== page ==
‘I am your Savior. You will follow Me.’ How God is using visions in the Middle East

June 5, 2017 by Sarah Cunningham in Middle East

Imagine you meet a couple—former Muslims, Amir* and Rasha*—who fled from Syria after the ISIS takeover.

While you’re talking to them, Rasha claims the couple converted after she had a vision of Jesus Christ. “I was sleeping and all of a sudden, I saw Jesus Christ in white. He said ‘I am Christ. You will have a beautiful daughter.’ I was eight months pregnant, and a month later we received our beautiful daughter.”

Just as she recounts her experience, her husband adds that he, too, had a dream. “I saw Jesus Christ. He was dressed in white. He said to me ‘I am your Savior. You will follow me.’”

If you live in the developed, Western world, such a conversation might seem so out of place it almost sounds like fiction. But to Amir and Rasha, this is real life.

Dreams and visions

And these experiences are not limited to Amir and Rasha. Many sources have reported the same phenomena—Muslims coming to Christ through dreams and visions. One person said he could feel God wrapping himself around him in a dream. Another said a cross appeared out of the sand.

While to many of us, these dreams seem strange and maybe even hard to believe, Columbia Theological Seminary’s professor emeritus Walter Brueggemann reminds us that dreams were viewed as significant in the ancient world.

“The ancients understood that the unbidden communication in the night opens sleepers to a world different from the one they manage during the day. The ancients dared to imagine, moreover, that this unbidden communication is one venue in which the holy purposes of God, perplexing and unreasonable as they might be, come to us.”

Looking to the Bible

It’s not difficult, of course, to think of examples of biblical dreams that reinforce Brueggemann’s point. God appeared to Abraham in a vision in Genesis 15 in order to reinforce the covenant. And the story of Joseph, of course, contains several dreams: childhood dreams that foretold his future role, the dreams of the cupbearer and baker, and Pharaoh’s dream that predicted famine.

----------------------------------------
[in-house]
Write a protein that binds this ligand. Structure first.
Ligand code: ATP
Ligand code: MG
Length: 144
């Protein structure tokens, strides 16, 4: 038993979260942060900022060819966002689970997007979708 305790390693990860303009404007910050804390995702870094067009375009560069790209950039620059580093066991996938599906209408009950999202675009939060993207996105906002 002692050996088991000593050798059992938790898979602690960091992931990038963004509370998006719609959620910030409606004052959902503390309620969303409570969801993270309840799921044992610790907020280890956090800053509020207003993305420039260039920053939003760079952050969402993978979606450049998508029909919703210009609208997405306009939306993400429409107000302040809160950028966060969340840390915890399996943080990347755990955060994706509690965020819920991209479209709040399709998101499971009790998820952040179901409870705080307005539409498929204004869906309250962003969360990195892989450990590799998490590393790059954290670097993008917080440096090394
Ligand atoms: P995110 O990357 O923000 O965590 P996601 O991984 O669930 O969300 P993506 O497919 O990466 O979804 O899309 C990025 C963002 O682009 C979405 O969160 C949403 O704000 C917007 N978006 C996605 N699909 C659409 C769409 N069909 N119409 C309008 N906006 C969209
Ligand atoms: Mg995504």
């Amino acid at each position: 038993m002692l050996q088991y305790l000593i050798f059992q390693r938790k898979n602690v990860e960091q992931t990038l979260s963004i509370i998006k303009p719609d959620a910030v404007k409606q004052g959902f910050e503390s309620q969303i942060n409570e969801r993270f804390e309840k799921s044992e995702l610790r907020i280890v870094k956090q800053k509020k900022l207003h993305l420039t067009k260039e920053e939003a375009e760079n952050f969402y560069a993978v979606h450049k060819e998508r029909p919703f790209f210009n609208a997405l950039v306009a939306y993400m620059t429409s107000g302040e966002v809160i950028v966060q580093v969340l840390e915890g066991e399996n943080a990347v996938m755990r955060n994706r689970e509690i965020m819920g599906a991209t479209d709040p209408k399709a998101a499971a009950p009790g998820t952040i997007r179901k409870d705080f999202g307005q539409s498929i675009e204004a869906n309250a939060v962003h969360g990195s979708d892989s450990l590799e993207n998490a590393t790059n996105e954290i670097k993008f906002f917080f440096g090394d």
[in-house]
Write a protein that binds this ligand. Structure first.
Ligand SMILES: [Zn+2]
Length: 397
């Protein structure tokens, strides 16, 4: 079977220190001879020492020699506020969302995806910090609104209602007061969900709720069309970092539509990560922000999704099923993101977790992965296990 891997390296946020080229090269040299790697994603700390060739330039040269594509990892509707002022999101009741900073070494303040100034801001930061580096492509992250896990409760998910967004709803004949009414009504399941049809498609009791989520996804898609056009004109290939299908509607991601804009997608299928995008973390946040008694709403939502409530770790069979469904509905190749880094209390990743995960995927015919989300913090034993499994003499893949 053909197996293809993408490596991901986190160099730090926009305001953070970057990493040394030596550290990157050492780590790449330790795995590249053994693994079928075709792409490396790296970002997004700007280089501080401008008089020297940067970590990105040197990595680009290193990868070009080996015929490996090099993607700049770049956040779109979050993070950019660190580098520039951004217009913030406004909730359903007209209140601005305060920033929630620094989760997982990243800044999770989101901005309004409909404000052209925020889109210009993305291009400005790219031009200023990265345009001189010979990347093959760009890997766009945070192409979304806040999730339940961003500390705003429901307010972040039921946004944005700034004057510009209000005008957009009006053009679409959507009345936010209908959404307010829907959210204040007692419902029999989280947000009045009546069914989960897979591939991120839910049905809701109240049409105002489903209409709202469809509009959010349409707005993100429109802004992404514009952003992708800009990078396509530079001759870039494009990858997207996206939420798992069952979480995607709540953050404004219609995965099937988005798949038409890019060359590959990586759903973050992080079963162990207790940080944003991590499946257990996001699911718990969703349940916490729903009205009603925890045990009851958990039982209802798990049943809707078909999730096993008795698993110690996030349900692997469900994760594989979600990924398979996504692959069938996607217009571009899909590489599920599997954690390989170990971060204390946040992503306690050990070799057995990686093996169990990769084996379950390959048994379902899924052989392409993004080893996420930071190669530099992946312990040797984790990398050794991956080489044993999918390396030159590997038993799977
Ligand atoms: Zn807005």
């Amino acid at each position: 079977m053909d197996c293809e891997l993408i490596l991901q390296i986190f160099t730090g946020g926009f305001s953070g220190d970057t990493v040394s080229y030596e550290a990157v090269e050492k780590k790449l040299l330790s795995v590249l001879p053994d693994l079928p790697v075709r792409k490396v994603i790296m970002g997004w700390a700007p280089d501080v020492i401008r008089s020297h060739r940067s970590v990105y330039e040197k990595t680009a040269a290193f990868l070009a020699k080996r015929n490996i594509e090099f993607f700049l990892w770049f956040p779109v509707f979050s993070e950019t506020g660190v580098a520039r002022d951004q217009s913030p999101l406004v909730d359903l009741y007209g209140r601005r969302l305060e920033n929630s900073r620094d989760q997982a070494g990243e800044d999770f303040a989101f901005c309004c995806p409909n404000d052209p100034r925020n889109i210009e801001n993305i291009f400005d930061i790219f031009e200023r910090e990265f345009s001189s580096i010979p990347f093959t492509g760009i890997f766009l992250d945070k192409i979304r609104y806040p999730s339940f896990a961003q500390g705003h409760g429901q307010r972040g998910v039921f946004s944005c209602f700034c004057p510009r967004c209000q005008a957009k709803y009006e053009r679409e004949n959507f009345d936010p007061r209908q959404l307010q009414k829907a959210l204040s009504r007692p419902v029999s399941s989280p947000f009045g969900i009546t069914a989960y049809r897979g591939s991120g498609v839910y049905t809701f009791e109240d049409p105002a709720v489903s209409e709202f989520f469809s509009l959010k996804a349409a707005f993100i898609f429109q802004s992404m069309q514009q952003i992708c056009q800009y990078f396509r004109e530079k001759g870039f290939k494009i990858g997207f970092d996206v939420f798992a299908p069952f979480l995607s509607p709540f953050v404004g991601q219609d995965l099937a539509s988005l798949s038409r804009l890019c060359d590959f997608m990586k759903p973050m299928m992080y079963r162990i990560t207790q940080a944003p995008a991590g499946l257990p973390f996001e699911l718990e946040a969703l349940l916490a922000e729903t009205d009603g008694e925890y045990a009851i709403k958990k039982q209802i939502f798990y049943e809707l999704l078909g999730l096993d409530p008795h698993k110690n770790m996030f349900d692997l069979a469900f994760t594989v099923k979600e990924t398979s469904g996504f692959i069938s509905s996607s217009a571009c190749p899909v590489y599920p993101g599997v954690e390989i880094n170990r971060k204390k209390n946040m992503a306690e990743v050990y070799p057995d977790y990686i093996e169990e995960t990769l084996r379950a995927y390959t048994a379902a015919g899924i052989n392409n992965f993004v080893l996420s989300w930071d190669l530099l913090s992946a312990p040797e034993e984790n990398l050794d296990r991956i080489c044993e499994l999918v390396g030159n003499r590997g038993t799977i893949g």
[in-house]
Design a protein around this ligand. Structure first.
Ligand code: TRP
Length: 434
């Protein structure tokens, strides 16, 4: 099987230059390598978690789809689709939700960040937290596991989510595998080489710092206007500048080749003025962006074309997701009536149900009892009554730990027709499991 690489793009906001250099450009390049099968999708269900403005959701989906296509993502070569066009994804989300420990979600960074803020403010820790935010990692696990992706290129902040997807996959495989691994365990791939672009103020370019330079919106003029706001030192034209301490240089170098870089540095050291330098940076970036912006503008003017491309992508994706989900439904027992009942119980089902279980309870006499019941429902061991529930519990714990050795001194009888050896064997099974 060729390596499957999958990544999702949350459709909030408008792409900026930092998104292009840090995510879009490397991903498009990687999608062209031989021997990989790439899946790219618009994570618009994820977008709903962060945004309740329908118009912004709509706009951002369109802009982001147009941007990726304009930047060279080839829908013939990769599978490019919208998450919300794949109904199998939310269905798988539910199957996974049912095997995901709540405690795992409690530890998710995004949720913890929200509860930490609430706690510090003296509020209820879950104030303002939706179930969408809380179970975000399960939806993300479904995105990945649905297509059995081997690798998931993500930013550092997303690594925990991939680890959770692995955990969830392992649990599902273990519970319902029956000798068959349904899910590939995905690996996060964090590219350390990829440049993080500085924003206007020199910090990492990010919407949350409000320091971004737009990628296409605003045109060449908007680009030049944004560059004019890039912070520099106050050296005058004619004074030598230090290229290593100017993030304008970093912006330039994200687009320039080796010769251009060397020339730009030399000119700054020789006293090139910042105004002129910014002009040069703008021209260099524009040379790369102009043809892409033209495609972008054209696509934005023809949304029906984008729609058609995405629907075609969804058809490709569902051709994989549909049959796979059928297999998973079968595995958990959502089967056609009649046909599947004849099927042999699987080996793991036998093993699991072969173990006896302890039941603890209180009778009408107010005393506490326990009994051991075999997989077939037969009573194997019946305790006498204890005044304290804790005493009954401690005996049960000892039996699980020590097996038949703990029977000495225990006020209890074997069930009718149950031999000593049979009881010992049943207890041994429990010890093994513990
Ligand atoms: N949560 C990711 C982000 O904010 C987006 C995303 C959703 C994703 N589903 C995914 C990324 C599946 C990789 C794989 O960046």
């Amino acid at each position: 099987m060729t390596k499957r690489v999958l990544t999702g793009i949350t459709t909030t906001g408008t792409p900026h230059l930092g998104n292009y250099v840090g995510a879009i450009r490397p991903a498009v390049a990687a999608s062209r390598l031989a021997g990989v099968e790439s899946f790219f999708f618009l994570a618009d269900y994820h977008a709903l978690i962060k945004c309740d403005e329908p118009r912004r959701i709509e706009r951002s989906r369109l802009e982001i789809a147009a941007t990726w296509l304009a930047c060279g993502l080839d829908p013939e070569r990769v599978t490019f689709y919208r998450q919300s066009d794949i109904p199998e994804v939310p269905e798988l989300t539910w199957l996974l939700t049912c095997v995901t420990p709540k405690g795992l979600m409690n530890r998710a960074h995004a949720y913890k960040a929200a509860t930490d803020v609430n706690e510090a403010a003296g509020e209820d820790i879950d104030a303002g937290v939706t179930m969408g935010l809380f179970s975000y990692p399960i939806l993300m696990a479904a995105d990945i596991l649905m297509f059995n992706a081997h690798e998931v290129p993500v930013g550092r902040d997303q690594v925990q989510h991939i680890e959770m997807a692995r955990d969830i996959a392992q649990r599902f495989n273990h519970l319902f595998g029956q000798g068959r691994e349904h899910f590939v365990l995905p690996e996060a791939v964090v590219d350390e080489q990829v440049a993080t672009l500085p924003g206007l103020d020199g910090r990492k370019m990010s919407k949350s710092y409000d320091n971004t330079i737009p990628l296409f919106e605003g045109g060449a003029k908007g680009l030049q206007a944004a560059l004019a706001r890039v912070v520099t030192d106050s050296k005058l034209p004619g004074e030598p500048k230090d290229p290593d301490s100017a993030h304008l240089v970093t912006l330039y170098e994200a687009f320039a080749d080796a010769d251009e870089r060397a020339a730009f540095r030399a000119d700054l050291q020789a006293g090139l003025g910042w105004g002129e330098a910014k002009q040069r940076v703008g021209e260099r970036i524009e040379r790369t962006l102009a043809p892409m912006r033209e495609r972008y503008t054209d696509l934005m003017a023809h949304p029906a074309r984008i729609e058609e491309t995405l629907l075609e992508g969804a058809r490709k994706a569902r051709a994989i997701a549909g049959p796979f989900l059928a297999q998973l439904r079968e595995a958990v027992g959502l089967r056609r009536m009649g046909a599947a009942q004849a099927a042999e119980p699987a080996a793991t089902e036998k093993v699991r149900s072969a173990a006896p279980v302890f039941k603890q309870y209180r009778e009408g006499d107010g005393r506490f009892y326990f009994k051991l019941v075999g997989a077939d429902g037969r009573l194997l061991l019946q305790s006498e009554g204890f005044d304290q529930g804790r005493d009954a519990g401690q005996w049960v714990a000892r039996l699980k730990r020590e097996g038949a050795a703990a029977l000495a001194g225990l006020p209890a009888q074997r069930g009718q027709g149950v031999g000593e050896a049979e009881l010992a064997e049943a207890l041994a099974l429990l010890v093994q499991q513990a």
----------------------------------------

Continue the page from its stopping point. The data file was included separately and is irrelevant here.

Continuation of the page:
The New Testament, too, is full of dreams—particularly surrounding the birth of Jesus. In Luke 1, Zacharias had a vision that communicated his son—John the Baptist—would play an important role. Joseph had a dream telling him to take Mary as his wife and also two more instructing him to keep his family away from Herod. Later, Peter famously dreamed about clean and unclean animals, which led to the disciples expanding their witness to the Gentiles. In addition to these well-known dreams, Pilate’s wife, Ananias, Cornelius, Paul, and John all had dreams or visions.

We know God uses dreams, as we’ve seen throughout Scripture, but He is not bound to them or always uses them. He is a God of mystery and truth, and focusing on His Word will help guide us in the truth of dreams. These dreams helping Muslims coming to Christ are truly awe-inspiring.

God’s evangelism tool

Perhaps as we think about dreams like those of Amir and Rasha, then, we’d be wise to remain open-minded about how God can reveal himself.  In some of the toughest to reach countries like Iran, Pakistan, Afghanistan and so many others—we hear ongoing reports from our field workers about Muslims turning to Christ through dreams and visions. These dreams and visions don’t always lead to immediate conversions, but they often play a vital role in one’s journey toward Christ.

Continue to pray for the gospel to flourish—through whatever means God desires—in the Middle East today. And remember, following Jesus in a Muslim-majority community or family often comes with extreme trials and suffering, so stand with your Christian family from a Muslim background through daily prayer.

Hope for the Middle East Prayer Campaign

On behalf of our Christian family in the Middle East, we’re calling on millions of believers around the world to come alongside their brothers and sisters in places like Iraq and Syria through passionate prayer.

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